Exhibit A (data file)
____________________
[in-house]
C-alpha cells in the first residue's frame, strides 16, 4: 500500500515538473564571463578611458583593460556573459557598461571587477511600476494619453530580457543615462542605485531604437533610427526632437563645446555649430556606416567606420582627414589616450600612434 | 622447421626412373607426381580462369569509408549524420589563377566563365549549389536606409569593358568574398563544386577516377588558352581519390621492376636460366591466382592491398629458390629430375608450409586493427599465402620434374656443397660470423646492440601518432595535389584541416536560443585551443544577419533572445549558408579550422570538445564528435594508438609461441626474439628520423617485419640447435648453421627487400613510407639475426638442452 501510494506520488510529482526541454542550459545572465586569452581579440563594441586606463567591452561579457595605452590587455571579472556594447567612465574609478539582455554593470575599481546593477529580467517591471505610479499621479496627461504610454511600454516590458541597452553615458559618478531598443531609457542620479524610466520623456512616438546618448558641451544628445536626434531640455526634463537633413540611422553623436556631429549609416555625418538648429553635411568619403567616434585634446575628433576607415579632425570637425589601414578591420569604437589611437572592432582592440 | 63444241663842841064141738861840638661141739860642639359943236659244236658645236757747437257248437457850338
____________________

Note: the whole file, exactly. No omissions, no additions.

[in-house]
C-alpha cells in the first residue's frame, strides 16, 4: 500500500515538473564571463578611458583593460556573459557598461571587477511600476494619453530580457543615462542605485531604437533610427526632437563645446555649430556606416567606420582627414589616450600612434 | 622447421626412373607426381580462369569509408549524420589563377566563365549549389536606409569593358568574398563544386577516377588558352581519390621492376636460366591466382592491398629458390629430375608450409586493427599465402620434374656443397660470423646492440601518432595535389584541416536560443585551443544577419533572445549558408579550422570538445564528435594508438609461441626474439628520423617485419640447435648453421627487400613510407639475426638442452 501510494506520488510529482526541454542550459545572465586569452581579440563594441586606463567591452561579457595605452590587455571579472556594447567612465574609478539582455554593470575599481546593477529580467517591471505610479499621479496627461504610454511600454516590458541597452553615458559618478531598443531609457542620479524610466520623456512616438546618448558641451544628445536626434531640455526634463537633413540611422553623436556631429549609416555625418538648429553635411568619403567616434585634446575628433576607415579632425570637425589601414578591420569604437589611437572592432582592440 | 63444241663842841064141738861840638661141739860642639359943236659244236658645236757747437257248437457850338